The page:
Origins of 1/f noise in nanostructure inclusion polymorphous silicon films
© Li et al; licensee Springer. 2011
Received: 18 December 2010
Accepted: 4 April 2011
Published: 4 April 2011
In this article, we report that the origins of 1/f noise in pm-Si:H film resistors are inhomogeneity and defective structure. The results obtained are consistent with Hooge's formula, where the noise parameter, α H, is independent of doping ratio. The 1/f noise power spectral density and noise parameter α H are proportional to the squared value of temperature coefficient of resistance (TCR). The resistivity and TCR of pm-Si:H film resistor were obtained through linear current-voltage measurement. The 1/f noise, measured by a custom-built noise spectroscopy system, shows that the power spectral density is a function of both doping ratio and temperature.
Nanostructure semiconductor has been the focus of intense interest in recent years due to their extensive device application [1–6]. It is well known that hydrogenated polymorphous silicon is a nanostructure inclusion material [7–9]. Hydrogenated silicon films commonly exhibit high noise at low frequency (f). This noise has a spectral power density of the type S(f) ∝ 1/f a , where a is known as "1/f noise." However, lower noise materials are important for high-performance semiconductor devices. 1/f noise of amorphous and polycrystalline silicon has captured the attention of researchers in the field of electronics and physics for several decades . Polymorphous silicon film is generally prepared by operating a strong hydrogen-diluted silane plasma source at high pressure and power density . Many efforts have been made concerning the growth process, microstructure, transport, and optoelectronic properties of pm-Si:H films . The results indicate that pm-Si:H films show higher transport properties than a-Si:H, a highly desirable trait for the production of devices, such as solar cells and thin film transistors. To date, pm-Si:H investigations have focused on certain applications, but there is no study devoted to the 1/f noise of such materials except those by our group which have reported the dependence of 1/f noise on the change of material structure of silicon films [13–15]. In this article, we focus on the study of the origins of 1/f noise in pm-Si:H and investigate the influence of boron doping ratio on 1/f noise in pm-Si:H films.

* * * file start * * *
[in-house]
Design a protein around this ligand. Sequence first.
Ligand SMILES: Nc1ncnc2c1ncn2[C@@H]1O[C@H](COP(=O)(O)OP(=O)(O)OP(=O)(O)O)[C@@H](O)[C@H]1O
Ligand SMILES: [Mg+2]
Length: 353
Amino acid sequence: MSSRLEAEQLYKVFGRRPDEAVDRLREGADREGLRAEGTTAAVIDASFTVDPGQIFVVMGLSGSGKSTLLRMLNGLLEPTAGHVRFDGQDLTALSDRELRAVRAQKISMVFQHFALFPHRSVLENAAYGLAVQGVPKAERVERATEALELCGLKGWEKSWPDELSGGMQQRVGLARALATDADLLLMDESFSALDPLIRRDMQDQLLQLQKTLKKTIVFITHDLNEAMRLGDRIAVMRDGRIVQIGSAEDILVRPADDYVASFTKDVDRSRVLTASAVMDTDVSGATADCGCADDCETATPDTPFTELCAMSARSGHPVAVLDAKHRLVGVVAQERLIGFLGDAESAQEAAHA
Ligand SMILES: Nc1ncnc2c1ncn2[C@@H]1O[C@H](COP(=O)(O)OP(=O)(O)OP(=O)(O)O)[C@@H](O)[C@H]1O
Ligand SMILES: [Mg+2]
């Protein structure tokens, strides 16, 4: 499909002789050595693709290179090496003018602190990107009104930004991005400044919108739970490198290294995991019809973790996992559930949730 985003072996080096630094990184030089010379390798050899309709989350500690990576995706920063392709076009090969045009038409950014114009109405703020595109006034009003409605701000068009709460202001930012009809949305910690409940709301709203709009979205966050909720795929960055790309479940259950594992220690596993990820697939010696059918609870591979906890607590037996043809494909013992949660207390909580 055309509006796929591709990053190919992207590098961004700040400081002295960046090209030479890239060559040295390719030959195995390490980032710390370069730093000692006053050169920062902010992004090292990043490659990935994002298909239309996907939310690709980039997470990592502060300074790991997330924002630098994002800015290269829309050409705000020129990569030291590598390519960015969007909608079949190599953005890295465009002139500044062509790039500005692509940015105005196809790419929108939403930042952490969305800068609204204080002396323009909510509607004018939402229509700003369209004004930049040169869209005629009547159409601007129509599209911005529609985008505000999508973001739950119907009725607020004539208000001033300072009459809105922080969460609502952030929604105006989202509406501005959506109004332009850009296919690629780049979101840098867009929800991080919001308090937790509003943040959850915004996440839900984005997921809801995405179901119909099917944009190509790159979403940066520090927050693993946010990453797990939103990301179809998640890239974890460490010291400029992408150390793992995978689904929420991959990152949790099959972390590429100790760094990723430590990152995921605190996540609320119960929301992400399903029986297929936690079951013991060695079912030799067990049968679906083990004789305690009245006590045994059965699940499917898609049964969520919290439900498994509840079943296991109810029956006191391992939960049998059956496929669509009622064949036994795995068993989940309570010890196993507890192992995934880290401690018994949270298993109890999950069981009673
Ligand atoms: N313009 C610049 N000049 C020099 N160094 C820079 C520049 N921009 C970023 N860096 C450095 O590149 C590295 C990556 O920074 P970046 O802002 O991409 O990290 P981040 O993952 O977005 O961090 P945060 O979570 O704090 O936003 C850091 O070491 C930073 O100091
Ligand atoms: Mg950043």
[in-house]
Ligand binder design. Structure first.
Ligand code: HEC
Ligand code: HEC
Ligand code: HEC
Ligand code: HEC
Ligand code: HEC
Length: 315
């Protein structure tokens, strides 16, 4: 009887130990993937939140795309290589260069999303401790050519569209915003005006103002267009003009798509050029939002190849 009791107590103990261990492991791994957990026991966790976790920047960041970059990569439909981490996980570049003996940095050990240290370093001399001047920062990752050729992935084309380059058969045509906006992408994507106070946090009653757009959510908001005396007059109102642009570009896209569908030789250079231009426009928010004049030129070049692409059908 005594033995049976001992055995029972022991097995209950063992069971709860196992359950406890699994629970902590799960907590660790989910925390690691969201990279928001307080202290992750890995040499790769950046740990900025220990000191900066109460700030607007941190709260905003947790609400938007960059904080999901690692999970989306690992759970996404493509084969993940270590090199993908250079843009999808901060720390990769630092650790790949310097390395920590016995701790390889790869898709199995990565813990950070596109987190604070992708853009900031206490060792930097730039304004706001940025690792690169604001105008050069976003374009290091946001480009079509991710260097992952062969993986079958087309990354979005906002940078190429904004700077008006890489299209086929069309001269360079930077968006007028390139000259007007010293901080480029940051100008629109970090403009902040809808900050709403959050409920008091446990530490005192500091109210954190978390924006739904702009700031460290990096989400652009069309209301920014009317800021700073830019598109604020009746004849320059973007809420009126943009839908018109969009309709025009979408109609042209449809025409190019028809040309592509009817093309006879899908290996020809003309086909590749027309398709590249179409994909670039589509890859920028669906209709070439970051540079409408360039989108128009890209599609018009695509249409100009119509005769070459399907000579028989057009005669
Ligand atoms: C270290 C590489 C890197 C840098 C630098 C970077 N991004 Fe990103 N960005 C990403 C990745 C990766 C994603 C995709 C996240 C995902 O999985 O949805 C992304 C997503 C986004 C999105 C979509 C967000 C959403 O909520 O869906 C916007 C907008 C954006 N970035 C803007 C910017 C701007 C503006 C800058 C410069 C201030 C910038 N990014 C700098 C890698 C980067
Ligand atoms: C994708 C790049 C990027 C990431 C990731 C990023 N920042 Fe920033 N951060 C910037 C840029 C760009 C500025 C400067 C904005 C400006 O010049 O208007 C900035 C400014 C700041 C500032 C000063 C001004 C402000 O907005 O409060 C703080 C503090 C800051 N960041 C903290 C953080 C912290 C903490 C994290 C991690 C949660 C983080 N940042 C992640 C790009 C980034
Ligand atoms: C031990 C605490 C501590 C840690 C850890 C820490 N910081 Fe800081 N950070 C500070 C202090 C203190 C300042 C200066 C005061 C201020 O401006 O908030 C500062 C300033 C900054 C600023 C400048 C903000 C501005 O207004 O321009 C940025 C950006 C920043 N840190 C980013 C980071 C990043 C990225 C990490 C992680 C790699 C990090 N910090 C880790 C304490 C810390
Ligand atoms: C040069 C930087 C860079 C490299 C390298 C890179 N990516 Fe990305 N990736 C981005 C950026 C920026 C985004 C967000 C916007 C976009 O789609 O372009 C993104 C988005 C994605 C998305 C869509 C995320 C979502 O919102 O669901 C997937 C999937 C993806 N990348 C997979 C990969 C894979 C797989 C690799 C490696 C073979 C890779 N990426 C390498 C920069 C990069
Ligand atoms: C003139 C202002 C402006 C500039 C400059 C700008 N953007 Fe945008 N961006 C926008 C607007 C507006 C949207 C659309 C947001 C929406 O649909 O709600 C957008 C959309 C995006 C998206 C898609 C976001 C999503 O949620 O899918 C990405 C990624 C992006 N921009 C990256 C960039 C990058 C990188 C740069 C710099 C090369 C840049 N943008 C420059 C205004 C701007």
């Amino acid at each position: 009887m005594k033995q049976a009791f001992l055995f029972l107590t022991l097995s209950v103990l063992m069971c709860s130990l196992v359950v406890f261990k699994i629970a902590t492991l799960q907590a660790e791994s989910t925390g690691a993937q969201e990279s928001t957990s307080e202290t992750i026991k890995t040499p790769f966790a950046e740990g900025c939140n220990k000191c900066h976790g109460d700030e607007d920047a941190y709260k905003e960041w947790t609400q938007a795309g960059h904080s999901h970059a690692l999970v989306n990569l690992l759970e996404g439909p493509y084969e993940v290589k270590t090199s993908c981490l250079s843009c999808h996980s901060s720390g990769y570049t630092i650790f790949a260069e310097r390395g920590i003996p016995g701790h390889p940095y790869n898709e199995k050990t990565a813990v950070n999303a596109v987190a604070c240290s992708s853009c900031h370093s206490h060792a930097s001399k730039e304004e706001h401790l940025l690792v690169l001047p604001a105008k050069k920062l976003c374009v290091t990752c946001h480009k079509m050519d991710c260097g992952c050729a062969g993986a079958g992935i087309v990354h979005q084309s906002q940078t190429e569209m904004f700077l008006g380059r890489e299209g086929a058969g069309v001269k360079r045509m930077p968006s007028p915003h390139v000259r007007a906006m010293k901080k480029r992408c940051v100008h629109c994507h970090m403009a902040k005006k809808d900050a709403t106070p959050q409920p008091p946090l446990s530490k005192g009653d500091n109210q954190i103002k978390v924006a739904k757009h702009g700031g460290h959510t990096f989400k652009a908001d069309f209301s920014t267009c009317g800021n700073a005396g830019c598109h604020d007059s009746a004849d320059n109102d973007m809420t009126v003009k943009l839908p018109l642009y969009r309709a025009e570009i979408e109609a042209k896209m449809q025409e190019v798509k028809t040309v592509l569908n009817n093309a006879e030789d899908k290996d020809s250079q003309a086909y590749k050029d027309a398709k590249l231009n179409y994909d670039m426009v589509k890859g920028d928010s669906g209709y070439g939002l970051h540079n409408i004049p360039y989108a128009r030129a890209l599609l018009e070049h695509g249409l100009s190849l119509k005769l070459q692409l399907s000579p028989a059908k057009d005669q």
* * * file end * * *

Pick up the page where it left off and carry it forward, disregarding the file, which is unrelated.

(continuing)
Results and discussions
Structure and electrical properties for different doping ratios in pm-Si:H film
4.24 × 1014
3.54 × 1013
4.23 × 1012
3.85 × 1011
where S v is the noise power density at voltage V, α H is the noise parameter, f is frequency, and N C is the total number of charge carriers in a certain volume involved in noise generation. The total number of charge carriers, determined by Hall measurement, in conjunction with the dimension of the pm-Si:H film resistor, determines the noise parameter α H as a function of frequency. Our experimental results also demonstrate the 1/f noise power scales with the square of bias voltage, which is in agreement with the results of Fine et al. .
For each measured sample here, the values of N C, f, and V 2 are constant. The value of noise parameter α H at 100 Hz is plotted against temperature for different doping ratios as shown in the inset of Figure 5b. The noise parameter α H for the pm-Si:H film resistors in this study is also a function of the squared TCR (αH ∝ β2). It demonstrated that the resistance fluctuation of the film samples also resulted in the variation of noise parameter when the measurement temperature changed dramatically.
The results of this study demonstrated that the origins of 1/f noise in nanostructure inclusion pm-Si:H are the inhomogeneity and the defective structure in the films. The power spectral density of 1/f noise is inversely proportional to boron doping ratio, which is consistent with Hooge's formula. The value of S v/V 2 is constant when the voltage is less than 1 V, demonstrating that resistance fluctuation is not the origin of 1/f noise in pm-Si film resistors in the case of constant temperature. At 100 Hz, the temperature dependence of 1/f noise indicates that the power spectral density and the noise parameter α H are proportional to the squared TCR. It has also been proven that the resistance fluctuation of the film samples also results in the variation of noise parameter when the measurement temperature changed dramatically.
temperature coefficient of resistance.
This work was partially supported by National Science Foundation of China via grant No. 60901034 and 60425101.
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